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Safety Checks and Five Rights of Medication Administration

Safety Checks and Five Rights of Medication Administration



Errors in drug administration pose a great and potentially deadly risk to patients. It is therefore important that health care professionals, especially nurses, know and practice the "five rights" of safe medication administration. These five rights refer to the right patient, right medication, right dose, right route, and right time. It is important that these are followed and checked during the process of administering medications to prevent harm and maintain patient safety.

This video will illustrate the use of these five "rights" at three essential safety checkpoints in the medication administration process. Although, the procedure will be demonstrated on a specific type of software tool for Medication Administration Record, or MAR, and medication dispensing system, or MDS, the steps shown are universally applicable.

Prior to acquiring medications from the MDS, a nurse must consider if the drug is appropriate given the patient's medical conditions, medication allergies, and current clinical status. A nurse should also confirm when the last dose of the same medication was administered.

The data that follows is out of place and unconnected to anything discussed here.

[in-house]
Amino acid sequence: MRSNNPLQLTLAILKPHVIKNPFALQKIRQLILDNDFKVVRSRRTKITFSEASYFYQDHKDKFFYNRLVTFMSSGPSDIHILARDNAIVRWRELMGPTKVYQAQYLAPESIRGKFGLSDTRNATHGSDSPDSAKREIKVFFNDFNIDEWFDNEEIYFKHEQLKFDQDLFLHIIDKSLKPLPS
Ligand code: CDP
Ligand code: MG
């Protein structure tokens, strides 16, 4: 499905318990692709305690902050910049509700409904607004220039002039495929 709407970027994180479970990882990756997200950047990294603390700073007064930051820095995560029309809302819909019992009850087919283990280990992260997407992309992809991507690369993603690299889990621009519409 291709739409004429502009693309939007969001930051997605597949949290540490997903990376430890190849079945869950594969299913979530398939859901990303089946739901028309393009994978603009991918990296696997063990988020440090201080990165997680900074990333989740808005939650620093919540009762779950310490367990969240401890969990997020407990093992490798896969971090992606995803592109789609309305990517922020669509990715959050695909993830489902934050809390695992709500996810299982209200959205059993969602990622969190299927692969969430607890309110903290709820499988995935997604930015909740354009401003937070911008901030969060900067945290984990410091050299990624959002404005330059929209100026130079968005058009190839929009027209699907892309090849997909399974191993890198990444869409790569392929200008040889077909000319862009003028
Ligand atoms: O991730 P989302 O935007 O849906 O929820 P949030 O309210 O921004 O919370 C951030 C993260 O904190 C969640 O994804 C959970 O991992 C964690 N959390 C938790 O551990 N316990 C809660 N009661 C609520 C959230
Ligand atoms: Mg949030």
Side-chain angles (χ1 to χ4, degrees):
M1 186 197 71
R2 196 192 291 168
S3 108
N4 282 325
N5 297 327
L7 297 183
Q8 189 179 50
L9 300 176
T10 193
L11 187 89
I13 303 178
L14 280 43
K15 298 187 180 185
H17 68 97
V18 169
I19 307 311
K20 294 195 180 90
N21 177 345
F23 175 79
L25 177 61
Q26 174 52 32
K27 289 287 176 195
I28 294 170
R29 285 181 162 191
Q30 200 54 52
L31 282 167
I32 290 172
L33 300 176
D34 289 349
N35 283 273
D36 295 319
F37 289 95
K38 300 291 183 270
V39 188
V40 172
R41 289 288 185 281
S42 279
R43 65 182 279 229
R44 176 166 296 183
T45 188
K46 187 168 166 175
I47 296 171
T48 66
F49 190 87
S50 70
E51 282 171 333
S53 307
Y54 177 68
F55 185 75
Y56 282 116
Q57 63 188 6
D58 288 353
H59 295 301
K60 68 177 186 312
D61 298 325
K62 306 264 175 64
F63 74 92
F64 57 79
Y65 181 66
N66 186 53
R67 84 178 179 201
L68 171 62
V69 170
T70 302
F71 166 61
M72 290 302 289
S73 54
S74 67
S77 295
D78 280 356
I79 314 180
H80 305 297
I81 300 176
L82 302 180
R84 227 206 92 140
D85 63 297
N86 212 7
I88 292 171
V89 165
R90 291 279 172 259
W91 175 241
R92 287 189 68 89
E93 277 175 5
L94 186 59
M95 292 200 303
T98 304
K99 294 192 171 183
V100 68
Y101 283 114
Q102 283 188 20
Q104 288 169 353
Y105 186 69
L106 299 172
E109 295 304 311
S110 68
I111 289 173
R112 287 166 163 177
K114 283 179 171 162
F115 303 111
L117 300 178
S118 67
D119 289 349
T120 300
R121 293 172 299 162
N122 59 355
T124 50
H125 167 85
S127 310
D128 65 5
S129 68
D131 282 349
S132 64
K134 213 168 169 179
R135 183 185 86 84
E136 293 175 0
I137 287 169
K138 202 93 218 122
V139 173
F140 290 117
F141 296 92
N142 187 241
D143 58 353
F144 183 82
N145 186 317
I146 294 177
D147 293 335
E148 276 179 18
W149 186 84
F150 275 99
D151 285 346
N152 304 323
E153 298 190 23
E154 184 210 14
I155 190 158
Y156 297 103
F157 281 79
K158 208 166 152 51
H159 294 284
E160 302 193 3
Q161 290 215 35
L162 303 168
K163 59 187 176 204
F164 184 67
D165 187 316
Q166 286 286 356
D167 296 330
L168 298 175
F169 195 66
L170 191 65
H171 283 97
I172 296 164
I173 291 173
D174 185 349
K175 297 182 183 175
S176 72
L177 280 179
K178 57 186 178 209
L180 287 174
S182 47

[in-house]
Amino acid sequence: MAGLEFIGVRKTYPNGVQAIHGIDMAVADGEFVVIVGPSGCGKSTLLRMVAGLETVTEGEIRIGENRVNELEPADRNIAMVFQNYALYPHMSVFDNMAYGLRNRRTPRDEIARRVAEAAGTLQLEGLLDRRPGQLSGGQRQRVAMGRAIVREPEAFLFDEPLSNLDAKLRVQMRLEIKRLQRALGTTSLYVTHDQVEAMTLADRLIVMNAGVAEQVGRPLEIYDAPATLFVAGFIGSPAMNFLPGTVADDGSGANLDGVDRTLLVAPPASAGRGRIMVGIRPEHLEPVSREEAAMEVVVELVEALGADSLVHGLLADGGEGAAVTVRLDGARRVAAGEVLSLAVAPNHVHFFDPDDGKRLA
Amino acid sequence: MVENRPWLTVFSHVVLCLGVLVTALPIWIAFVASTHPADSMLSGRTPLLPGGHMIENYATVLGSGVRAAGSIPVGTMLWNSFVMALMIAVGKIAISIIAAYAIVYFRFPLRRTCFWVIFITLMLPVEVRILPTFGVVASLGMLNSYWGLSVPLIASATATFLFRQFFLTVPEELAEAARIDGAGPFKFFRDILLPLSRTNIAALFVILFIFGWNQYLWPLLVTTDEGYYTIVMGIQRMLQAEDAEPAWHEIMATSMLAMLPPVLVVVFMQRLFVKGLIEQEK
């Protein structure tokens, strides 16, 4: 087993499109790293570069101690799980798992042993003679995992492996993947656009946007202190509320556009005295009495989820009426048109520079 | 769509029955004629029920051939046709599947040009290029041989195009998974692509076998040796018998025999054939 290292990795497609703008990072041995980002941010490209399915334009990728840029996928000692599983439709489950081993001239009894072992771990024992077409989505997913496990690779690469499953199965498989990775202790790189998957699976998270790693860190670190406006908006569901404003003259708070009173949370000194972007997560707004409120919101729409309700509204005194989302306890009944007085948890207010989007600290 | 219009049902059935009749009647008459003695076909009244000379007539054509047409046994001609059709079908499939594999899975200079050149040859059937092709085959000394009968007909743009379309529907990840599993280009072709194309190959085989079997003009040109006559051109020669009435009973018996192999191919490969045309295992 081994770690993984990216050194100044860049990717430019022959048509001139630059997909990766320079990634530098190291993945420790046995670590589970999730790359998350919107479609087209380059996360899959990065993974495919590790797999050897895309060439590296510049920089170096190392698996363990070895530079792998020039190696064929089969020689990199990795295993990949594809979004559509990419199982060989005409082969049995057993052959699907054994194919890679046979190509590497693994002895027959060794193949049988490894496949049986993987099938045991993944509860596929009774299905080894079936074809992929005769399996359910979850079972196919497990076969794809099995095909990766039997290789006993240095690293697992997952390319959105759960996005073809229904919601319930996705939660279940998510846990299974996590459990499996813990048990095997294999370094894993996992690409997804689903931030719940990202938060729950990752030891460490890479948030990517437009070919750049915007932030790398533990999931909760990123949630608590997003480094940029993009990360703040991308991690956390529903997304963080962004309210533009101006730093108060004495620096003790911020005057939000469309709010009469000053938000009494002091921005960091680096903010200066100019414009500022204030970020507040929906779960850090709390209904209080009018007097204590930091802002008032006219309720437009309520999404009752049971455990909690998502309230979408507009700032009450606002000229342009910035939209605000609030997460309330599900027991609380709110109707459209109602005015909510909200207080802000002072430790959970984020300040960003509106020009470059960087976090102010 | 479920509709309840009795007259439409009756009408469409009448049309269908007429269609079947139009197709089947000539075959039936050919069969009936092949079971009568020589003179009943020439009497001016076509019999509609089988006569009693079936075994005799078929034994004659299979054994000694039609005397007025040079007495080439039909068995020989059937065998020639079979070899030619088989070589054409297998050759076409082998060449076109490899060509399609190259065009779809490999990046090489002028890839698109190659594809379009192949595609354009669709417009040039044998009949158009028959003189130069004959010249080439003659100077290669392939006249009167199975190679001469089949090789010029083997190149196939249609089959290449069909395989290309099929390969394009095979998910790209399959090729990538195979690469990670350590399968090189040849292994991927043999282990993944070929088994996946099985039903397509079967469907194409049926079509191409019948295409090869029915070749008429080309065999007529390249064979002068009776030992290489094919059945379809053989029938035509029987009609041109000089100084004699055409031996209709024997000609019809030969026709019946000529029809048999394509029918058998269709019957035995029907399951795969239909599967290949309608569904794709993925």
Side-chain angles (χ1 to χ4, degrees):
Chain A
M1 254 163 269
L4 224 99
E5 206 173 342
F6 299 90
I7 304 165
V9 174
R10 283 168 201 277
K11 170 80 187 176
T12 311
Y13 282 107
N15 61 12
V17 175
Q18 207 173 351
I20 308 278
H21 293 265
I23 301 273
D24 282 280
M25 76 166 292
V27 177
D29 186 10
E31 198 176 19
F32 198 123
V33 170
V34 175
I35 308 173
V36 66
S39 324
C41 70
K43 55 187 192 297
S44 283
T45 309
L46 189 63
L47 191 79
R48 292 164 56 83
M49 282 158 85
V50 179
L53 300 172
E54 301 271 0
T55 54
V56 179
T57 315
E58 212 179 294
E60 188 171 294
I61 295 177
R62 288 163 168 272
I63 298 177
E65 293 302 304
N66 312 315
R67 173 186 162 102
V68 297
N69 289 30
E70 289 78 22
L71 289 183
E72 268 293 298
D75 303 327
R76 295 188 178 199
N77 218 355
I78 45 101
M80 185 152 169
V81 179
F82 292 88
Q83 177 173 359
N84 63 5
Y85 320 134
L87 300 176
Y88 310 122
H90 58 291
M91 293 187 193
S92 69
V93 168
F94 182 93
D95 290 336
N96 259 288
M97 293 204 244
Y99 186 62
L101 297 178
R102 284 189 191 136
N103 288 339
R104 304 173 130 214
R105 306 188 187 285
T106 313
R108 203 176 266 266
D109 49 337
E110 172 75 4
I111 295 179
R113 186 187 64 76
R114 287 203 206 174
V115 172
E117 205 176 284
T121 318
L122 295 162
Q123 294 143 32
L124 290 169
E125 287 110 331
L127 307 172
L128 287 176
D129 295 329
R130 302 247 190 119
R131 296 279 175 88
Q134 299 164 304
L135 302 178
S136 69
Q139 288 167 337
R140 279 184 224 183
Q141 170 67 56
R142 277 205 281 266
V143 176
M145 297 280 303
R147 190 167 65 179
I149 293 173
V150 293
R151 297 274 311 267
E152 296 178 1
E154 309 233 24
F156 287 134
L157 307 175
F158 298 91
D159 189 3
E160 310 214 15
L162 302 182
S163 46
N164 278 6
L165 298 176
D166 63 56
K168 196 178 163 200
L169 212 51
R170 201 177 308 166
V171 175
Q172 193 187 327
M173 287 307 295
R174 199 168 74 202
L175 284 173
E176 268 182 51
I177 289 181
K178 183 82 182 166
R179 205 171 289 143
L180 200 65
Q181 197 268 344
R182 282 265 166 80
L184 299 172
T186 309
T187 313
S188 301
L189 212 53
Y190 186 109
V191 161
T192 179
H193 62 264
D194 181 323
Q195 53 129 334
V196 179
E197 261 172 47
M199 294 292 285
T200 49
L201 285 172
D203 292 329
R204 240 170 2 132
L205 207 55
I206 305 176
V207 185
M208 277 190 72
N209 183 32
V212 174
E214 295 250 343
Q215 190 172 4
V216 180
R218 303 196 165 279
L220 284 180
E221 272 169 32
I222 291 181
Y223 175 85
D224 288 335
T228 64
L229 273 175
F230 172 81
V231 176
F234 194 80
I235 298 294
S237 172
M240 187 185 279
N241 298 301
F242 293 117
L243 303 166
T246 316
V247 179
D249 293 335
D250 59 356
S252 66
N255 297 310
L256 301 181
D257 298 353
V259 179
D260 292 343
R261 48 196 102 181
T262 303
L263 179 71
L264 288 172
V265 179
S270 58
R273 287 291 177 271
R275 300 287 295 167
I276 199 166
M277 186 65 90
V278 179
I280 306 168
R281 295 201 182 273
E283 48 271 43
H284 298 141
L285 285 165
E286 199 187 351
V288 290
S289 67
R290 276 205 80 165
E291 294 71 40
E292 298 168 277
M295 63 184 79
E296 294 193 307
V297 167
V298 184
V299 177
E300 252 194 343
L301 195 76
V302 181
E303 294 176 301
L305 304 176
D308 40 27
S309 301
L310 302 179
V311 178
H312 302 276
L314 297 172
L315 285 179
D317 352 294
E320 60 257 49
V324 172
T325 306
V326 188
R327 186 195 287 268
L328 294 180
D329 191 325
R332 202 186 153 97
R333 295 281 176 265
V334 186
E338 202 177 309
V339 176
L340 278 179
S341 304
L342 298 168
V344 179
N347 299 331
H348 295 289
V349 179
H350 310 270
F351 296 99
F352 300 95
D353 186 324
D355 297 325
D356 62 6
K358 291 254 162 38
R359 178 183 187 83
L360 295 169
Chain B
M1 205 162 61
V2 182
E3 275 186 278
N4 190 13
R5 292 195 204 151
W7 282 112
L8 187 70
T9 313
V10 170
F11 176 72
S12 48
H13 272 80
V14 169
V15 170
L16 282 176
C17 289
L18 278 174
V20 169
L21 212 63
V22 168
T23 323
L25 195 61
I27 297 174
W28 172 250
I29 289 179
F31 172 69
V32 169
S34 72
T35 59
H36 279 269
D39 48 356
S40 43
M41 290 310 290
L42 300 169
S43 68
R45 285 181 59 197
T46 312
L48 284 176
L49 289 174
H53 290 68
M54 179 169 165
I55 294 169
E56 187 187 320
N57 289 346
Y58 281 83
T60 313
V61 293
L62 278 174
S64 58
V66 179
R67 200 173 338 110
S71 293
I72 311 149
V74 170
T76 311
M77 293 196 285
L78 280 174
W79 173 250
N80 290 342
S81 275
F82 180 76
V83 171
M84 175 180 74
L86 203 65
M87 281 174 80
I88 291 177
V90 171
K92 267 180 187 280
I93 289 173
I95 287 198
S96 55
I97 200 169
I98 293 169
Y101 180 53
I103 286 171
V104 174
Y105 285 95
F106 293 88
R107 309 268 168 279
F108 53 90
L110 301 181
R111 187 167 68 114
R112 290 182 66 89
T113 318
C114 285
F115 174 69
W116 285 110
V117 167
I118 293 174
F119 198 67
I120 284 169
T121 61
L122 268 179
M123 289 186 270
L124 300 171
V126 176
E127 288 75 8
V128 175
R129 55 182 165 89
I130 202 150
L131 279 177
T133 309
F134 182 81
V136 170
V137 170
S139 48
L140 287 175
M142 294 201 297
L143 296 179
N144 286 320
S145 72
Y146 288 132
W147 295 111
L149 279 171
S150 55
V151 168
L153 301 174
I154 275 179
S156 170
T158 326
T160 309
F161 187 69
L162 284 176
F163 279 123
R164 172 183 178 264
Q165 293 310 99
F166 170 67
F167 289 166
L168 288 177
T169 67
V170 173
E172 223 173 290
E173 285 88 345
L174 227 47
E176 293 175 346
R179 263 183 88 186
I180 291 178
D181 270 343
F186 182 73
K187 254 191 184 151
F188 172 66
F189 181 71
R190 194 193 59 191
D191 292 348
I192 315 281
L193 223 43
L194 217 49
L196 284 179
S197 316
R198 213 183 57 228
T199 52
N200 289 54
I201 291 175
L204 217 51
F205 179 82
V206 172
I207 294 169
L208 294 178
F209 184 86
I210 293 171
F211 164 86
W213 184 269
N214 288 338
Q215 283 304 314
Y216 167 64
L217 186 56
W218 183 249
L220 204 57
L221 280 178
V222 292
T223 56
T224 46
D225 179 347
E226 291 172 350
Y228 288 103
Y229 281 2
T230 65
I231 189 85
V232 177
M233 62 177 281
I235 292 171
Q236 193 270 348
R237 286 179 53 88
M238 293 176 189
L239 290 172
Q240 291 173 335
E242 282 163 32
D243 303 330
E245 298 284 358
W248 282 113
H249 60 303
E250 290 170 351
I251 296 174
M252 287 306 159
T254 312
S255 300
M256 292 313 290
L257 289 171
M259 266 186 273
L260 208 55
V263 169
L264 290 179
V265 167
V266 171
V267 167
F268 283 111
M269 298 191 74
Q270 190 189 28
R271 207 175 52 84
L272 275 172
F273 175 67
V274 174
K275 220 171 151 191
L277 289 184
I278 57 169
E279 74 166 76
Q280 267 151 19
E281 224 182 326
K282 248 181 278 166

Always start by washing your hands using soap and warm water. Rub your hands vigorously for 10-20 seconds, rinse well, and dry with a disposable paper towel. Sanitizers may also be used, if hands are not visibly soiled.

Proceed to the medication preparation area, log into the patient's electronic medical record, and access the MAR to determine the medications prescribed. In this case, the prescription is Acetaminophen 650 mg every 4 hours PRN. With this information at hand, log into the MDS. Select your patient from the list and review the patient name in the MAR and the MDS. This completes the "Right Patient" check for the first checkpoint.

Next, in the MDS, open the patient medication administration list, and from the list, select the medication to be administered. Click the "remove now" button. Now stand back and look for the drawer with a flashing signal and open that drawer. Once open, select the appropriate bin, indicated by a flashing light. Remove the medication from the drawer, and hold the package next to the MAR and compare the medication name with the medication listed on the MAR. At this point, the "Right Medication" step is complete.

At the same time, compare the medication dose-amount and units-listed on the label with the dose listed on the MAR. At this point, the "Right Dose" step is complete. For some items listed on the MAR, you may need to remove more than one medication package to achieve the correct dose.

Also, check the route on the medication package label with the one on the MAR. This is the "Right Route" check. Notice that some medications' routes may not be listed on the label, and the nurse must determine the appropriateness of the form provided for the administration route. For example, tablet equals oral administration.